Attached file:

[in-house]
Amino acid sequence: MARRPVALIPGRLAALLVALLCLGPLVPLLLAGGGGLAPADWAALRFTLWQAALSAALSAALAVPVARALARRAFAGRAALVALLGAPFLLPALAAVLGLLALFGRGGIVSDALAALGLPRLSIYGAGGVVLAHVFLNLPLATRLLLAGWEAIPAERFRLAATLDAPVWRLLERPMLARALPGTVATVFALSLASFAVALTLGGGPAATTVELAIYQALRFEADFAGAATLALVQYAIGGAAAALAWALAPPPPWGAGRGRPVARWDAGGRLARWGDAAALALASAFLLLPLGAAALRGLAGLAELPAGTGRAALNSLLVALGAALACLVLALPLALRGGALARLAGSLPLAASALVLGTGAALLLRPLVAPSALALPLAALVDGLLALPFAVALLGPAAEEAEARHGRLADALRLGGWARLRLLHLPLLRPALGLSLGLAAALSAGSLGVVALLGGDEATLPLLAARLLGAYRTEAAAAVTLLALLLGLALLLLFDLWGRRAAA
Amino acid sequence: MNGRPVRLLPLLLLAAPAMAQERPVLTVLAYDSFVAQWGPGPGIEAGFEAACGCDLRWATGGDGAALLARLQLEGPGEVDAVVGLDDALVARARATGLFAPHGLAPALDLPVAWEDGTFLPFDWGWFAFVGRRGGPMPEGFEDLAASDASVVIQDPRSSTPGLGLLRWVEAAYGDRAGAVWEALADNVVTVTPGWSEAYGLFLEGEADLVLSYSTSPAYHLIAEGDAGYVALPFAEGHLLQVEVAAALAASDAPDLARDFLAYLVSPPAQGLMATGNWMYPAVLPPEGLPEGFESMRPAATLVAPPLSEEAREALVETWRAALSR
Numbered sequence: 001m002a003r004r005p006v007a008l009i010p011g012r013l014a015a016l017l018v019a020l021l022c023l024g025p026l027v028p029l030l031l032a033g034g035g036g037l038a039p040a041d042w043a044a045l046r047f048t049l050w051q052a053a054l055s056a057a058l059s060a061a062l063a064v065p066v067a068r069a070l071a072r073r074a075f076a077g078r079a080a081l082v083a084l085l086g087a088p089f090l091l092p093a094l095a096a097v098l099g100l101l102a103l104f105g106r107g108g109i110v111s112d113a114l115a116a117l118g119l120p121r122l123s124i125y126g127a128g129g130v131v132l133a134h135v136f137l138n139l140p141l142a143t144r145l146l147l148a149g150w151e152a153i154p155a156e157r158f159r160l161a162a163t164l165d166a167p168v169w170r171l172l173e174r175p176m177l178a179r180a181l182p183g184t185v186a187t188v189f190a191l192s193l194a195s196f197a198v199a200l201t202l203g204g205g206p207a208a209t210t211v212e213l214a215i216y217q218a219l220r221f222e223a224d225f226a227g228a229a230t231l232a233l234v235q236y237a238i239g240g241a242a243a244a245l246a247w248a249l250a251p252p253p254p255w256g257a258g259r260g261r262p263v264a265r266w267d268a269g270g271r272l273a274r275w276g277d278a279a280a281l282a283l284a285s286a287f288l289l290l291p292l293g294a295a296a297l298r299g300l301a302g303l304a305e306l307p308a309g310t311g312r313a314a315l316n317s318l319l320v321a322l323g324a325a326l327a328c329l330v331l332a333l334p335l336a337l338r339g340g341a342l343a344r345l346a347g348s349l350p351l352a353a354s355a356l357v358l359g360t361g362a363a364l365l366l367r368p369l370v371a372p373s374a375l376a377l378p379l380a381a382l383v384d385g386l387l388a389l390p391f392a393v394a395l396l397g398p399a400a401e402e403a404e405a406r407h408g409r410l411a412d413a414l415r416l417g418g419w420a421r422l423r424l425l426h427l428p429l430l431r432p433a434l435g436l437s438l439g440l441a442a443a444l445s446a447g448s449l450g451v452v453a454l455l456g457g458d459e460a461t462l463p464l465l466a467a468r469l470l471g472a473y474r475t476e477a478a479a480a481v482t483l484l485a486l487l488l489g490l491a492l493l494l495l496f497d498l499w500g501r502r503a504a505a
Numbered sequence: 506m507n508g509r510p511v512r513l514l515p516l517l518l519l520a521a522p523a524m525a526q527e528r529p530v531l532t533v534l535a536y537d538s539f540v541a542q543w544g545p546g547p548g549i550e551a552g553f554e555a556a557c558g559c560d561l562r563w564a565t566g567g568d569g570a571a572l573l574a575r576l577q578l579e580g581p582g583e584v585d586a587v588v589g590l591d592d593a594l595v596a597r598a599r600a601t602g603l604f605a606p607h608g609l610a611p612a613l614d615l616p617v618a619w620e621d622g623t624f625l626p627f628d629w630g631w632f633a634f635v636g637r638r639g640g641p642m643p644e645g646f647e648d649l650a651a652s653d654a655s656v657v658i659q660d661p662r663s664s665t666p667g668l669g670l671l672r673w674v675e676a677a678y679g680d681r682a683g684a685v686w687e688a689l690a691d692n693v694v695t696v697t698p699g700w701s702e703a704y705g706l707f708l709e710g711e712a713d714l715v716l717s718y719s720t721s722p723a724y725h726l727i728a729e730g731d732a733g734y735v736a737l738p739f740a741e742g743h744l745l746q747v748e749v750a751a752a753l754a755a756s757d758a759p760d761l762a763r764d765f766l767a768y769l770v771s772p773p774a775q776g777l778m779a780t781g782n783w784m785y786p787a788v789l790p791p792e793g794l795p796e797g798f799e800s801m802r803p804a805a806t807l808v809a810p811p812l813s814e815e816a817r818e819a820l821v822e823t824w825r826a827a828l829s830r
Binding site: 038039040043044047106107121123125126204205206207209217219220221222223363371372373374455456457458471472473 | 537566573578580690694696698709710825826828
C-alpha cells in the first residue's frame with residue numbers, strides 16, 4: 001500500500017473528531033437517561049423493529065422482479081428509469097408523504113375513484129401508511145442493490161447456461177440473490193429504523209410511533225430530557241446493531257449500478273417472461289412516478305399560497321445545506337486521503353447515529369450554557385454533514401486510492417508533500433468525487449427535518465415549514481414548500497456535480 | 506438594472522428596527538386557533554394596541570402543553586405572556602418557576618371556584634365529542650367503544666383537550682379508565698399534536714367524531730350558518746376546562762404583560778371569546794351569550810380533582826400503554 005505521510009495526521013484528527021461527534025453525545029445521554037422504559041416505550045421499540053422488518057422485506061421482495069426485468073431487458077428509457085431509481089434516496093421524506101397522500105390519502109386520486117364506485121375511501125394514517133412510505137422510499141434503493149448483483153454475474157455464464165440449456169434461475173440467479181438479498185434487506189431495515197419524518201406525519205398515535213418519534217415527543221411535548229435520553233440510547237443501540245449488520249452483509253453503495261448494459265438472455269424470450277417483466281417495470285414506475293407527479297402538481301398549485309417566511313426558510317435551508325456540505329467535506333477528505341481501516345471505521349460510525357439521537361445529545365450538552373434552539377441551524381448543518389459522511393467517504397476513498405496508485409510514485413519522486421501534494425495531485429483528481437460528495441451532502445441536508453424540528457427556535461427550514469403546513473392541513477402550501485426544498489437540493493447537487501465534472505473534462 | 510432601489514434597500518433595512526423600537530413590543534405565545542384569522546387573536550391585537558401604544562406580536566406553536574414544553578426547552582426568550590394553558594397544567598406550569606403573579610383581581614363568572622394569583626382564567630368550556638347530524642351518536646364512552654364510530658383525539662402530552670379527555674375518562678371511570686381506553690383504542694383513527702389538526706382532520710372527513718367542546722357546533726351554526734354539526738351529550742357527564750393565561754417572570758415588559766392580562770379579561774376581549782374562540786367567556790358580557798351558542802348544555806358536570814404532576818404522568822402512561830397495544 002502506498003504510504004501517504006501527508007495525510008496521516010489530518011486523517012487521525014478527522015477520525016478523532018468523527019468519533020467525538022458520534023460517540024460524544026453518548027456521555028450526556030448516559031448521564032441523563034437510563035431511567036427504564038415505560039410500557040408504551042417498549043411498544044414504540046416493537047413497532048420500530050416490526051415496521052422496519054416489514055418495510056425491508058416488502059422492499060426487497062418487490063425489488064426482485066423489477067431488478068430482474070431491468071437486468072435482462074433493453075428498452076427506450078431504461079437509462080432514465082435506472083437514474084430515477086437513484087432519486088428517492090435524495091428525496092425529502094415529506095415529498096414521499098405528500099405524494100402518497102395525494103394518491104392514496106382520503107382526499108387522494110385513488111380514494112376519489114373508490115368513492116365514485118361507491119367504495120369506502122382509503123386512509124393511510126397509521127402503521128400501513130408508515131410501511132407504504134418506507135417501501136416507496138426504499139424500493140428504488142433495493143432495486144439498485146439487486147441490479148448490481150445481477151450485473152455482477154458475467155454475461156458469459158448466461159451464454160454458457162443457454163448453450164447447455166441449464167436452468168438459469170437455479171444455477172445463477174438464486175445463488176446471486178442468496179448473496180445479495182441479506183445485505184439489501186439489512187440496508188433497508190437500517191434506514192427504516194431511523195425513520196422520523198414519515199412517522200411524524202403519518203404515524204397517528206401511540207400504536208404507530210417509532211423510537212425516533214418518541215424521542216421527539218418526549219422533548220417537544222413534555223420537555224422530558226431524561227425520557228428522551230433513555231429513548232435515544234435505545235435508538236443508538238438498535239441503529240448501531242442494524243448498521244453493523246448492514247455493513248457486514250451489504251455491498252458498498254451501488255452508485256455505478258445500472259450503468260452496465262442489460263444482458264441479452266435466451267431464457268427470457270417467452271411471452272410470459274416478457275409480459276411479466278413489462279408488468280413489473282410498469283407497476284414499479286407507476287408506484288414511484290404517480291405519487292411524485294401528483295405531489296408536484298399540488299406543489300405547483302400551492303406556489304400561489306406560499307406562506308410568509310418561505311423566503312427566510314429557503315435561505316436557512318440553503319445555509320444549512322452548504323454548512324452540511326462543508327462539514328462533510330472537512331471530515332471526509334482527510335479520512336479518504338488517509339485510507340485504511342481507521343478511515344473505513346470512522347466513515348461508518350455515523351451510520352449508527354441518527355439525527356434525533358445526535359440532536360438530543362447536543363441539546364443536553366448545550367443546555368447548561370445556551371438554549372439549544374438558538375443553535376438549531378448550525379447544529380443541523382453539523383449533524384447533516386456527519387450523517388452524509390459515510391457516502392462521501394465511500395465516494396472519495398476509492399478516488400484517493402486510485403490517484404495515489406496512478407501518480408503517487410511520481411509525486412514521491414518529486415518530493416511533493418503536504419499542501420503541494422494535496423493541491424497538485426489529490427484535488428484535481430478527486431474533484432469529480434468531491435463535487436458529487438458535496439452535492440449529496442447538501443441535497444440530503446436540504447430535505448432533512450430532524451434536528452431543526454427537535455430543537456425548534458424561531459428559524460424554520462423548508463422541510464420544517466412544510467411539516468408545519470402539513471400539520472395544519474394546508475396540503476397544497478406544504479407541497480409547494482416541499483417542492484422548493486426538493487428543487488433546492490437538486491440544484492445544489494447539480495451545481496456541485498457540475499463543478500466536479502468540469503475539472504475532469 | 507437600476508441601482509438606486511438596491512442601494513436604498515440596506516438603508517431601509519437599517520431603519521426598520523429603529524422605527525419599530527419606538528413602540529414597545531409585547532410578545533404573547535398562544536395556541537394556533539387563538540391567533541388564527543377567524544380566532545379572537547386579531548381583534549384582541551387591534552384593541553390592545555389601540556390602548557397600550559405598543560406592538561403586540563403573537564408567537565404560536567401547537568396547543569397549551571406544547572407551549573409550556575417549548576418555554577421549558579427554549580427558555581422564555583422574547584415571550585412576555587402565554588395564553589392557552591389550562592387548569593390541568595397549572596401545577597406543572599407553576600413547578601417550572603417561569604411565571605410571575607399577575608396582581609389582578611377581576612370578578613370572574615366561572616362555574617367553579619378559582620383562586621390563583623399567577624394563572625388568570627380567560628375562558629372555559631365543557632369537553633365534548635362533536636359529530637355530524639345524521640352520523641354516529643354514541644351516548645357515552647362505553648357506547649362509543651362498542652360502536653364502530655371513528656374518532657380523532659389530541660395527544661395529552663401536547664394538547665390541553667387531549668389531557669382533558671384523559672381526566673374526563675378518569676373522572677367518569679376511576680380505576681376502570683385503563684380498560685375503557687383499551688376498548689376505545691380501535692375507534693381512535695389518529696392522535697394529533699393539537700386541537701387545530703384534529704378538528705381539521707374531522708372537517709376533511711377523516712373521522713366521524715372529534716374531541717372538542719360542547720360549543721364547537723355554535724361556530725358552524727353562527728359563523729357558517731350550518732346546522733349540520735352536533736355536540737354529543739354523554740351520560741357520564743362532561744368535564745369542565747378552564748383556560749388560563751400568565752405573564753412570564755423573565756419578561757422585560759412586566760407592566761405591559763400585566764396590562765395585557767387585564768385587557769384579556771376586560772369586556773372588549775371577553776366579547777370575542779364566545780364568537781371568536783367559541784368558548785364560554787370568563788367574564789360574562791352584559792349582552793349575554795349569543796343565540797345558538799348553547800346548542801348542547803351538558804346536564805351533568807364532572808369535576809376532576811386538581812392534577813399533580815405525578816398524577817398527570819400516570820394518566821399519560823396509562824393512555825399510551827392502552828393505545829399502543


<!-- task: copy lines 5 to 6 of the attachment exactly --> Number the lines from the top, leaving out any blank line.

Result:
Numbered sequence: 506m507n508g509r510p511v512r513l514l515p516l517l518l519l520a521a522p523a524m525a526q527e528r529p530v531l532t533v534l535a536y537d538s539f540v541a542q543w544g545p546g547p548g549i550e551a552g553f554e555a556a557c558g559c560d561l562r563w564a565t566g567g568d569g570a571a572l573l574a575r576l577q578l579e580g581p582g583e584v585d586a587v588v589g590l591d592d593a594l595v596a597r598a599r600a601t602g603l604f605a606p607h608g609l610a611p612a613l614d615l616p617v618a619w620e621d622g623t624f625l626p627f628d629w630g631w632f633a634f635v636g637r638r639g640g641p642m643p644e645g646f647e648d649l650a651a652s653d654a655s656v657v658i659q660d661p662r663s664s665t666p667g668l669g670l671l672r673w674v675e676a677a678y679g680d681r682a683g684a685v686w687e688a689l690a691d692n693v694v695t696v697t698p699g700w701s702e703a704y705g706l707f708l709e710g711e712a713d714l715v716l717s718y719s720t721s722p723a724y725h726l727i728a729e730g731d732a733g734y735v736a737l738p739f740a741e742g743h744l745l746q747v748e749v750a751a752a753l754a755a756s757d758a759p760d761l762a763r764d765f766l767a768y769l770v771s772p773p774a775q776g777l778m779a780t781g782n783w784m785y786p787a788v789l790p791p792e793g794l795p796e797g798f799e800s801m802r803p804a805a806t807l808v809a810p811p812l813s814e815e816a817r818e819a820l821v822e823t824w825r826a827a828l829s830r
Binding site: 038039040043044047106107121123125126204205206207209217219220221222223363371372373374455456457458471472473 | 537566573578580690694696698709710825826828